Walking up the narrow grassy path from the wildflower meadow into the heart of the Secret Garden, the winding paths and mosaic of colour have never looked better. It is the visible, beautiful result of planning and preparation and a tribute to Paul and his gardening team, the result of winter work, of mulch and soil care, pruning and planting.



Planning and preparation is about detail and list making, getting ahead with the important jobs so that the unexpected urgent tasks, which invariably rise up, can be tackled in a timely and sensible way. In some ways the gardens are simply a more visible example of good business practice.

Like all businesses, everything at Highclere is about time spent in planning and preparation: what, how and when. Diaries and archives suggest this is little different from the past in terms of the defined departments and responsibility though, in terms of numbers of staff, the departments are far smaller despite the fact that the house and estate remain the same size meaning there is always plenty to do. Naturally it does not always go to plan but with Highclere humour and speed of reaction we can, and do, muddle through.

For all the years of our marriage, Geordie continues to be entirely surprised and amazed that I did actually train as a chartered accountant. It causes him constant amusement but, as he teased me yet again, I did dig out my old certificate just to remind him. It is my sometime disinclination to open envelopes and reluctance to budget when I am decorating a house or Castle room that seems, in particular, to set him off.

Despite Geordie’s and my focus on sensible things such as marginal contribution, it does appears that neither of us seem ever to remember to accurately measure a room, a wall, a tapestry or carpet.

Some time ago now, I had organised a new rug for the North Library to be made. Sadly, when it arrived, rather than a rug with some wooden floor showing around it, it was the size of the room or more. It was incredibly heavy and, having heaved it in through a window and cleared the room and laid it out, we had to fold it back up. It then had to go back to be reduced in size by about two metres in each direction – not my finest hour.

Geordie recently bought a beautiful old tapestry for the Castle which unfortunately suffered the same challenge. John the castle manager and I ended up literally carrying it around in circles (it was not very heavy)  looking for a suitable wall with John claiming I must tell my husband to get a bigger castle. Eventually John and I found the best fit  and it now does look absolutely marvellous as if it were perfectly planned for the very wall but we have to confess to serendipity rather than planning.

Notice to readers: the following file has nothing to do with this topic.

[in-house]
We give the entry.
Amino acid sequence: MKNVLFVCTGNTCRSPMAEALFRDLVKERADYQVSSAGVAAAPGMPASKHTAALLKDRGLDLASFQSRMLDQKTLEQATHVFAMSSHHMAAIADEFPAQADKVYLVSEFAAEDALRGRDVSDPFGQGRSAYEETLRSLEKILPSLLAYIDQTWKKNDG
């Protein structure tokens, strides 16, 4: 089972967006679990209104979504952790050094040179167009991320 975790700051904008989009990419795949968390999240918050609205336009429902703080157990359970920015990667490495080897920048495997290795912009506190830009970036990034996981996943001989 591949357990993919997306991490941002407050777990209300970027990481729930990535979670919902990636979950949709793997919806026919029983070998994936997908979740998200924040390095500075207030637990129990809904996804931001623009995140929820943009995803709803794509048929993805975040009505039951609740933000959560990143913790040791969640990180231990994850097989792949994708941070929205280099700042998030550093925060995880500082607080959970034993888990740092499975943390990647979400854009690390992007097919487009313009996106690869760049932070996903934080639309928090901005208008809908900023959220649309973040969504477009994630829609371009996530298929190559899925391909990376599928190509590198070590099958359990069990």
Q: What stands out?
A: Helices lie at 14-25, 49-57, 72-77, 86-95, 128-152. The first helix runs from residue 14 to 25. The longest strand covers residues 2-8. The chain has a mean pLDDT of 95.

These light moments in time are most welcome at a time when many of us feel our lives have lost focus and strategy. Looking back, the five years I spent with an accountancy firm have underpinned much of our work life recently. The process of audit is a skill set which is about understanding previous audit files, asking the manager about the key points and risks from their view, preparing the current year, allocating time and team, getting to know the client and their business and undertaking the work. The parameters are the time given to prepare the statutory accounts, discuss them, present them and file them within budget and time before moving on to the next project.

Now that the country is rather bumpily moving on, this process too should be about informing ourselves as best we can, planning and anticipation, examining the research on health analyses, economics and politics, being prudent like any good accountant and stepping forwards at a steady pace. We need to keep looking, 5 days ahead, 5 weeks ahead and 5 months ahead. Time spans help us plan short term and gives us all focus and reassurance.

Unfortunately, some of the politicians appear to have a rather different approach where they fly kites, ideas and instructions almost as if they are assessing their popularity, structuring their latest pronouncements more on what might garner them approval rather than any real research into all sides of the picture. But then, unlike most businesses, politicians can also borrow endless money without seeming to consider the long term consequences.

I too enjoy flying kites, in that it at least impresses the direction of the weather which has a direct effect on our car parking issues. However,  we could not run our business like this, it would lead to disaster. Looking forwards we have our strategy and within us we try to find that still small voice of calm and to keep following it.

Perhaps the only real answer is to find a quiet corner in a garden, make a cocktail and tell a funny story. Laughter is not just the best medicine: sometimes it is the only medicine.